10 Best 8 Bit Games That You Should Know Update 08/2022

skate or die game

The Magnavox Odyssey may have started the trend of home consoles, and the Atari 2600 may have made the idea more popular, but it was the Nintendo Entertainment System that gave the industry a real boost in North America.

Ushering in a massively successful new era of graphical fidelity and gameplay standards, there are around 700 titles available for the system—depending on who you’re asking—and each has a dedicated, passionate fanbase eager to defend it. Because of this, it’s impossible to make a definitive list of the top ten NES games, but here are the console’s most popular games in the broadest sense.

Ice Climbers

Ice Climbers

Most people remember this pair of parka-wearing characters from their appearances in Super Smash Bros. games, but they got their start on the NES. Ice Climbers was Nintendo’s first game for the 8-bit console. Players had to slowly climb up virtual mountains while trying to get a high score.

Even though Ice Climbers doesn’t show up on many lists of the best old Nintendo games, it was one of the best multiplayer games for the system when it first came out. Even by NES standards, it may be too simple, but it’s a game that deserves praise just as much as Super Mario Bros. or The Legend of Zelda.

Mike Tyson’s Punch Out!!

Mike Tyson’s Punch Out!! is one of the most well-known games on a system that is as nostalgic as old vinyl records or Sony’s Walkman. It is also possibly the best game on the system that doesn’t involve side scrolling. This tongue-in-cheek boxing campaign came out at a time when the simple graphics and simple level design of the first Mario Bros. game were thought to be cutting edge.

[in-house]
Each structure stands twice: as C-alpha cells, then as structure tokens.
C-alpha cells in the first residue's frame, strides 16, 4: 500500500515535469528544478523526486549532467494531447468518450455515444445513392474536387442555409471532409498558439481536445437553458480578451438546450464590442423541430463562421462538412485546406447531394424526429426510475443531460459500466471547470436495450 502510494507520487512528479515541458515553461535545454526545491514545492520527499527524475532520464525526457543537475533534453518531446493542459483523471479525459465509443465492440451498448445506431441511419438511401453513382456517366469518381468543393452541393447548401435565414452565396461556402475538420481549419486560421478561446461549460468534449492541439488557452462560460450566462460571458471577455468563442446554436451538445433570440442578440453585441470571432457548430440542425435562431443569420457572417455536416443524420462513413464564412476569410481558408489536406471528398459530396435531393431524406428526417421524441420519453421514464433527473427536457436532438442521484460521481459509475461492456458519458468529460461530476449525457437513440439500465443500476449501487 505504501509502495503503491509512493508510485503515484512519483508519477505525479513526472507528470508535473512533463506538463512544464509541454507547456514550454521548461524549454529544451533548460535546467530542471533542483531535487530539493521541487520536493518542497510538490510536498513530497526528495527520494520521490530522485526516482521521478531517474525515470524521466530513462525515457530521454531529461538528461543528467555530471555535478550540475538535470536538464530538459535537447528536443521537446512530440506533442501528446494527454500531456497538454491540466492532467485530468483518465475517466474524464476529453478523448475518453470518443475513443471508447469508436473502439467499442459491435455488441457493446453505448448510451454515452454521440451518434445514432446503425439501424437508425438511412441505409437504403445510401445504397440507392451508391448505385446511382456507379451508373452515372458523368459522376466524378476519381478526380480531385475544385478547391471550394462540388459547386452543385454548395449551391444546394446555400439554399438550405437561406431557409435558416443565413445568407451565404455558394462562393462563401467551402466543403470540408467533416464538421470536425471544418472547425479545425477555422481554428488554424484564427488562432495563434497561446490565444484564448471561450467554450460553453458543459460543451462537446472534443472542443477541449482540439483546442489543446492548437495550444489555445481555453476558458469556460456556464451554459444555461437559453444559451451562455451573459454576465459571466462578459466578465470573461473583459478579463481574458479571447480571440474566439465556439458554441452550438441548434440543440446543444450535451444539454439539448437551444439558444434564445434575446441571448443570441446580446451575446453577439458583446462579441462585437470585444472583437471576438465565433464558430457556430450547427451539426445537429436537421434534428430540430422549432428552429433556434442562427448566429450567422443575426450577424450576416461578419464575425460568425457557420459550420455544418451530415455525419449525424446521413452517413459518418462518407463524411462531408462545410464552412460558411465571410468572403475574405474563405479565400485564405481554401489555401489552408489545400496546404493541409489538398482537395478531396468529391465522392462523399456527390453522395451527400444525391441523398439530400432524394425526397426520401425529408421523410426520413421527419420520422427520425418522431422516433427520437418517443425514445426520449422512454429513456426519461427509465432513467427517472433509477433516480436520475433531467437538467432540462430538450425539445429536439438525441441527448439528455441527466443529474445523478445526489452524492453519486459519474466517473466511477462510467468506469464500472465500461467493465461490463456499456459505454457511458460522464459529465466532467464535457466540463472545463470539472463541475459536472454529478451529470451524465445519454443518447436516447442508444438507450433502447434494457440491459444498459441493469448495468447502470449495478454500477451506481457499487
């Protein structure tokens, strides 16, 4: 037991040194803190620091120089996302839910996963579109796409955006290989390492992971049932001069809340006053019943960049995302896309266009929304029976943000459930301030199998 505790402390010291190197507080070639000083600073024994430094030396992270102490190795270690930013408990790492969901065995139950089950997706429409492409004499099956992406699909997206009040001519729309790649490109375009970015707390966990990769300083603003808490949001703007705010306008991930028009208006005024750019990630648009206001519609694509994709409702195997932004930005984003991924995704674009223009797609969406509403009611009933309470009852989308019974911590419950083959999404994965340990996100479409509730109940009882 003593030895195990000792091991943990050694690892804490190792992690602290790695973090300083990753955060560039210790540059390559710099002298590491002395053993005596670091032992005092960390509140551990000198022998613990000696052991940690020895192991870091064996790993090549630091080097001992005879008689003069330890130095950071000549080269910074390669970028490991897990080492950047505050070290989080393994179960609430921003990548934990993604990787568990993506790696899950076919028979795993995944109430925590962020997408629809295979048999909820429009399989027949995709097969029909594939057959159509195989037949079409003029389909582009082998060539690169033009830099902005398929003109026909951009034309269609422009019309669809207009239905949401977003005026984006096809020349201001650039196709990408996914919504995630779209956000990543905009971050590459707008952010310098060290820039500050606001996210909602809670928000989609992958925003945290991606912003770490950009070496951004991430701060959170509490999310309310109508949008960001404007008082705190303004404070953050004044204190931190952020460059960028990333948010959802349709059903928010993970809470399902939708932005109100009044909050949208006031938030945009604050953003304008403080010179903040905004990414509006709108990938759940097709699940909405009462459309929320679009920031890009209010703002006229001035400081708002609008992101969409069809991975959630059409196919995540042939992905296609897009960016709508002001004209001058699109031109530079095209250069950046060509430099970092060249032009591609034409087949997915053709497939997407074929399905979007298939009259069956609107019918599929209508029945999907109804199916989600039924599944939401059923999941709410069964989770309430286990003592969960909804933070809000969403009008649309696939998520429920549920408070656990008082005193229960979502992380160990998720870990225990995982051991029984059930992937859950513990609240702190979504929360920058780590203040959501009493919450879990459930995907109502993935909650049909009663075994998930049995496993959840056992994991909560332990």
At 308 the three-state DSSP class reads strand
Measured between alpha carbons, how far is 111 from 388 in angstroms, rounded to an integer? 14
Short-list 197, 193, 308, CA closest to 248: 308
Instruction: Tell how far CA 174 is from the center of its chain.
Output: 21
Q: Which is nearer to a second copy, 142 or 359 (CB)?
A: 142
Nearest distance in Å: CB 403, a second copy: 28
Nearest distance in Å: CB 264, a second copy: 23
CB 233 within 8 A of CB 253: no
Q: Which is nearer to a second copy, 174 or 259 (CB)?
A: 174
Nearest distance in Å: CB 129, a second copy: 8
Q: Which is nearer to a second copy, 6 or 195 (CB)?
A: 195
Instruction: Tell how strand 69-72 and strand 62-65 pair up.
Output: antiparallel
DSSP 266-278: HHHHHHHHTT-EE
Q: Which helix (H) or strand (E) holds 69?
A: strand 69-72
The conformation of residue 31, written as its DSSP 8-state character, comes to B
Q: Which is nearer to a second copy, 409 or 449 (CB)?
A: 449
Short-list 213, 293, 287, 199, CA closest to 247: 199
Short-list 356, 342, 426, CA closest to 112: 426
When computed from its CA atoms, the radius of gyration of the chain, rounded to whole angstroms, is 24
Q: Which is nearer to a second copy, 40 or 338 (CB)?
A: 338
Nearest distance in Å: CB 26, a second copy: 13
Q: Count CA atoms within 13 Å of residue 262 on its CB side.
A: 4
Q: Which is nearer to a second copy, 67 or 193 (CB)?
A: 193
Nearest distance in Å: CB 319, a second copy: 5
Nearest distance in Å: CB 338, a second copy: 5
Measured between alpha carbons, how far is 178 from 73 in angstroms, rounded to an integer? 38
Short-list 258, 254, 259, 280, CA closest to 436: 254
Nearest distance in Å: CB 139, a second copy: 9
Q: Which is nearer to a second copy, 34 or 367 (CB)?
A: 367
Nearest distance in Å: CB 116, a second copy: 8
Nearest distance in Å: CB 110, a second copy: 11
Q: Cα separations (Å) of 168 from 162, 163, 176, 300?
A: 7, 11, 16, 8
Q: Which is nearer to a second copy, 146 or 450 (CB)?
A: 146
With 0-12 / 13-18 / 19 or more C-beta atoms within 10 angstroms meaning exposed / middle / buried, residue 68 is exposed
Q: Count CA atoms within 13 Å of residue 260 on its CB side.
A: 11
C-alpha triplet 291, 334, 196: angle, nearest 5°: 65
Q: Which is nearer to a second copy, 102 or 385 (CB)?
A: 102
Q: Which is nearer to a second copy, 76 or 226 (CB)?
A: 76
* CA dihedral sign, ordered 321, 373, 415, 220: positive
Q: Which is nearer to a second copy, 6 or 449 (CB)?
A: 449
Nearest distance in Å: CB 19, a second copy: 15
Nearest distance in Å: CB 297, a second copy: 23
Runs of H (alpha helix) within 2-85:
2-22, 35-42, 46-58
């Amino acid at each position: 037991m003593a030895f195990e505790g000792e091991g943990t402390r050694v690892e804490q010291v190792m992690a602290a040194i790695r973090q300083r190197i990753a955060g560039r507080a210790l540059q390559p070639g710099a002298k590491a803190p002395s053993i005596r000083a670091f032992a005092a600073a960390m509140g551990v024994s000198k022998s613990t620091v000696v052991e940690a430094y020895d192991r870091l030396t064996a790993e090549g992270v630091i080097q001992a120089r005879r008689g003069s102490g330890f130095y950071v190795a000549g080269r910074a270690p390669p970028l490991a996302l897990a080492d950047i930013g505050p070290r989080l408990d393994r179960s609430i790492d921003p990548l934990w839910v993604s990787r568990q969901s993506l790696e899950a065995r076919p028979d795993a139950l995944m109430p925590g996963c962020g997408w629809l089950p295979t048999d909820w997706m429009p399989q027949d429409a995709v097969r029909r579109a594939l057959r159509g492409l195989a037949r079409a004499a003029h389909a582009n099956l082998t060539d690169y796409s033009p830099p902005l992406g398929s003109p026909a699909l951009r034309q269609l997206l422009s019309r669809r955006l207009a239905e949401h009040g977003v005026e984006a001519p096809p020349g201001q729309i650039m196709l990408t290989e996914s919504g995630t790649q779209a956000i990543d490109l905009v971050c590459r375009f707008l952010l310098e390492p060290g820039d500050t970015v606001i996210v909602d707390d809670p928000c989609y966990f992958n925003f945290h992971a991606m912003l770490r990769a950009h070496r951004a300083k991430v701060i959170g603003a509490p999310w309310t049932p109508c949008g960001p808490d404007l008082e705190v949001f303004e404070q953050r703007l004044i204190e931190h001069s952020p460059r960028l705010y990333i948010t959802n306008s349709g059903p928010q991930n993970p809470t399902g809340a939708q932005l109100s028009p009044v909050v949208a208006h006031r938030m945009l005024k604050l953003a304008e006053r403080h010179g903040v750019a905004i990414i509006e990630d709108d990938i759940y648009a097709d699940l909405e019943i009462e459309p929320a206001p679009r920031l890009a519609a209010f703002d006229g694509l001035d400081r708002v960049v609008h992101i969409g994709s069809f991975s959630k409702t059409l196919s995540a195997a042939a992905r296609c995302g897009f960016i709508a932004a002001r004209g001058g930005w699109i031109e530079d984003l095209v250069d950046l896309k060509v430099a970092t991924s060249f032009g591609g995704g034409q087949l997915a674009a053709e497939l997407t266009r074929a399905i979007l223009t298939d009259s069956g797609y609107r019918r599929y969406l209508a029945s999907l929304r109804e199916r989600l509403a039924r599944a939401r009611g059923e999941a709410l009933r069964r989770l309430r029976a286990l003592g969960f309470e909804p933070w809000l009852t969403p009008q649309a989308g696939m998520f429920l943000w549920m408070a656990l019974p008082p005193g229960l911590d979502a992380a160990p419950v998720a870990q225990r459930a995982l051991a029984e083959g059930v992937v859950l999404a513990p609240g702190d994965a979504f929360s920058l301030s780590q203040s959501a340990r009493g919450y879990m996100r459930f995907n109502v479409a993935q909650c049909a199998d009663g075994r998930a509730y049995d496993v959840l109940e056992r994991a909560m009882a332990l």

Punch Out was the first video game where the goal was to fight your way to the top and KO the king himself. Even now, the game has a strong following, and the most dedicated players can get through it while blindfolded.

Marble Madness

Marble Madness

Marble Madness was a game that was way ahead of its time. It feels a bit like someone tried to make Super Monkey Ball work on an 8-bit system. In some ways, it feels like an overly ambitious demo that showed off the power of the system but didn’t have a lot of content. In reality, Marble Madness only has six levels, and a skilled player can beat the game in just five minutes.

But this digital test of skill is still magical in some way. It attempted an isometric perspective on a system which wouldn’t see all that many releases in that style, and it would have been downright amazing to see running back in the mid-80s.

Tecmo Bowl

There were sports games before Tecmo Bowl came out in 1987, and we all know that there have been a tonne of them since then, but few can compare to how great that simple football game was. Technically, it’s not as good as recent Madden games, but the game’s simplified playbooks and 8-bit body slams give it a strange charm and a sense of freedom.

The funniest thing about the game was that the creators could use the names of real NFL players, but they couldn’t use the names of real NFL teams, so they had to make their own. Still, this was all gamers had back in the day, and it worked just fine.